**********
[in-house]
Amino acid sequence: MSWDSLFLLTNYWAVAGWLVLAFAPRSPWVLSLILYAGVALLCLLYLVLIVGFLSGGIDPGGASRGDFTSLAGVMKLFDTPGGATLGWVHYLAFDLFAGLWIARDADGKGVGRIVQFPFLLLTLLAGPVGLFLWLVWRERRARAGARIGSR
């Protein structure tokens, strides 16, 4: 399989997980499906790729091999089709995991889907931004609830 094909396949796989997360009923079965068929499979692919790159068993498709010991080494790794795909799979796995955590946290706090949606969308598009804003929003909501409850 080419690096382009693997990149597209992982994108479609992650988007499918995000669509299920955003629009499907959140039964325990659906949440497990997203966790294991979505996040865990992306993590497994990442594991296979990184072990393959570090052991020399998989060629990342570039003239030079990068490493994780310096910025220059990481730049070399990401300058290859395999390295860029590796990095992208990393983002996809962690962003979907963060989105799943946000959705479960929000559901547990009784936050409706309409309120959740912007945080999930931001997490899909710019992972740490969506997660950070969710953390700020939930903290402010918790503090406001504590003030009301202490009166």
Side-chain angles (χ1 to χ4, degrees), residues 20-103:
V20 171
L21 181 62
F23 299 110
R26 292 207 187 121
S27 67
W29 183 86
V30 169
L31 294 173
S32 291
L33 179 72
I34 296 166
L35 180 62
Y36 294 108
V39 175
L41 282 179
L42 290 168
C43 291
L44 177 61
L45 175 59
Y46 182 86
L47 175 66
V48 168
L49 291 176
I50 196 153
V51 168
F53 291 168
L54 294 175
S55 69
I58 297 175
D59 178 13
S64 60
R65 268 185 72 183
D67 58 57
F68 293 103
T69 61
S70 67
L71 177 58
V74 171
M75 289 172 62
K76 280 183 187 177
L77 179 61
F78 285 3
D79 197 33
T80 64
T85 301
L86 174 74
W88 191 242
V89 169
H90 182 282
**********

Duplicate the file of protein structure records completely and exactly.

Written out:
[in-house]
Amino acid sequence: MSWDSLFLLTNYWAVAGWLVLAFAPRSPWVLSLILYAGVALLCLLYLVLIVGFLSGGIDPGGASRGDFTSLAGVMKLFDTPGGATLGWVHYLAFDLFAGLWIARDADGKGVGRIVQFPFLLLTLLAGPVGLFLWLVWRERRARAGARIGSR
């Protein structure tokens, strides 16, 4: 399989997980499906790729091999089709995991889907931004609830 094909396949796989997360009923079965068929499979692919790159068993498709010991080494790794795909799979796995955590946290706090949606969308598009804003929003909501409850 080419690096382009693997990149597209992982994108479609992650988007499918995000669509299920955003629009499907959140039964325990659906949440497990997203966790294991979505996040865990992306993590497994990442594991296979990184072990393959570090052991020399998989060629990342570039003239030079990068490493994780310096910025220059990481730049070399990401300058290859395999390295860029590796990095992208990393983002996809962690962003979907963060989105799943946000959705479960929000559901547990009784936050409706309409309120959740912007945080999930931001997490899909710019992972740490969506997660950070969710953390700020939930903290402010918790503090406001504590003030009301202490009166």
Side-chain angles (χ1 to χ4, degrees), residues 20-103:
V20 171
L21 181 62
F23 299 110
R26 292 207 187 121
S27 67
W29 183 86
V30 169
L31 294 173
S32 291
L33 179 72
I34 296 166
L35 180 62
Y36 294 108
V39 175
L41 282 179
L42 290 168
C43 291
L44 177 61
L45 175 59
Y46 182 86
L47 175 66
V48 168
L49 291 176
I50 196 153
V51 168
F53 291 168
L54 294 175
S55 69
I58 297 175
D59 178 13
S64 60
R65 268 185 72 183
D67 58 57
F68 293 103
T69 61
S70 67
L71 177 58
V74 171
M75 289 172 62
K76 280 183 187 177
L77 179 61
F78 285 3
D79 197 33
T80 64
T85 301
L86 174 74
W88 191 242
V89 169
H90 182 282